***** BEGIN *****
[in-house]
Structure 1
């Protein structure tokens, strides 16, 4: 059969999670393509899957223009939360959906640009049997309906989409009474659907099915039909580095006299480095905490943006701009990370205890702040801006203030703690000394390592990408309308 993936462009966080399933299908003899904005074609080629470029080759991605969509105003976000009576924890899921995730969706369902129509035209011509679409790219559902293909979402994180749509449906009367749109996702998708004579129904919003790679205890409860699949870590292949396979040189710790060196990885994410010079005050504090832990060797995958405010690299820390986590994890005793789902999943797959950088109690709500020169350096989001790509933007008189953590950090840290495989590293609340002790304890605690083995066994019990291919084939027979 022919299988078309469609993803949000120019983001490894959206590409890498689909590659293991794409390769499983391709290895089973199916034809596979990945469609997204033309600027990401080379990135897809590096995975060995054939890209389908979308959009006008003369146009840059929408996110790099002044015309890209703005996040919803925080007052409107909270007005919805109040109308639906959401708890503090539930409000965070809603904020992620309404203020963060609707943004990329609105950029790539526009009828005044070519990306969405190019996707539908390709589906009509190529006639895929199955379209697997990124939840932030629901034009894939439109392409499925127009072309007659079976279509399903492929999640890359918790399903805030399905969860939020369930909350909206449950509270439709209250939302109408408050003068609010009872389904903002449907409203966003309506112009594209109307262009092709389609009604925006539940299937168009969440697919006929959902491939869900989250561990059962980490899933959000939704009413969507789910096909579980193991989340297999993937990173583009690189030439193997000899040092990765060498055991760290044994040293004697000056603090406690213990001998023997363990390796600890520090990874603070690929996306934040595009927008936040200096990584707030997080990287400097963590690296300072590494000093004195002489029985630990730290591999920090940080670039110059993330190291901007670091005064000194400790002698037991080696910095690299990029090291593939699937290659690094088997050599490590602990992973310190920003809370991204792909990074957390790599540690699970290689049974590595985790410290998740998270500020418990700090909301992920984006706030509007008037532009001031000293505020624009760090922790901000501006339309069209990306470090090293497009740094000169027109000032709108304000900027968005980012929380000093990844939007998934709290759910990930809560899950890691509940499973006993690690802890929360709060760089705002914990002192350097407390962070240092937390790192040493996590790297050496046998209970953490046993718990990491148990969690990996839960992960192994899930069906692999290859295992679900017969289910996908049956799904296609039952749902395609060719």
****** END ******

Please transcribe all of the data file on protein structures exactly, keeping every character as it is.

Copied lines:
[in-house]
Structure 1
């Protein structure tokens, strides 16, 4: 059969999670393509899957223009939360959906640009049997309906989409009474659907099915039909580095006299480095905490943006701009990370205890702040801006203030703690000394390592990408309308 993936462009966080399933299908003899904005074609080629470029080759991605969509105003976000009576924890899921995730969706369902129509035209011509679409790219559902293909979402994180749509449906009367749109996702998708004579129904919003790679205890409860699949870590292949396979040189710790060196990885994410010079005050504090832990060797995958405010690299820390986590994890005793789902999943797959950088109690709500020169350096989001790509933007008189953590950090840290495989590293609340002790304890605690083995066994019990291919084939027979 022919299988078309469609993803949000120019983001490894959206590409890498689909590659293991794409390769499983391709290895089973199916034809596979990945469609997204033309600027990401080379990135897809590096995975060995054939890209389908979308959009006008003369146009840059929408996110790099002044015309890209703005996040919803925080007052409107909270007005919805109040109308639906959401708890503090539930409000965070809603904020992620309404203020963060609707943004990329609105950029790539526009009828005044070519990306969405190019996707539908390709589906009509190529006639895929199955379209697997990124939840932030629901034009894939439109392409499925127009072309007659079976279509399903492929999640890359918790399903805030399905969860939020369930909350909206449950509270439709209250939302109408408050003068609010009872389904903002449907409203966003309506112009594209109307262009092709389609009604925006539940299937168009969440697919006929959902491939869900989250561990059962980490899933959000939704009413969507789910096909579980193991989340297999993937990173583009690189030439193997000899040092990765060498055991760290044994040293004697000056603090406690213990001998023997363990390796600890520090990874603070690929996306934040595009927008936040200096990584707030997080990287400097963590690296300072590494000093004195002489029985630990730290591999920090940080670039110059993330190291901007670091005064000194400790002698037991080696910095690299990029090291593939699937290659690094088997050599490590602990992973310190920003809370991204792909990074957390790599540690699970290689049974590595985790410290998740998270500020418990700090909301992920984006706030509007008037532009001031000293505020624009760090922790901000501006339309069209990306470090090293497009740094000169027109000032709108304000900027968005980012929380000093990844939007998934709290759910990930809560899950890691509940499973006993690690802890929360709060760089705002914990002192350097407390962070240092937390790192040493996590790297050496046998209970953490046993718990990491148990969690990996839960992960192994899930069906692999290859295992679900017969289910996908049956799904296609039952749902395609060719």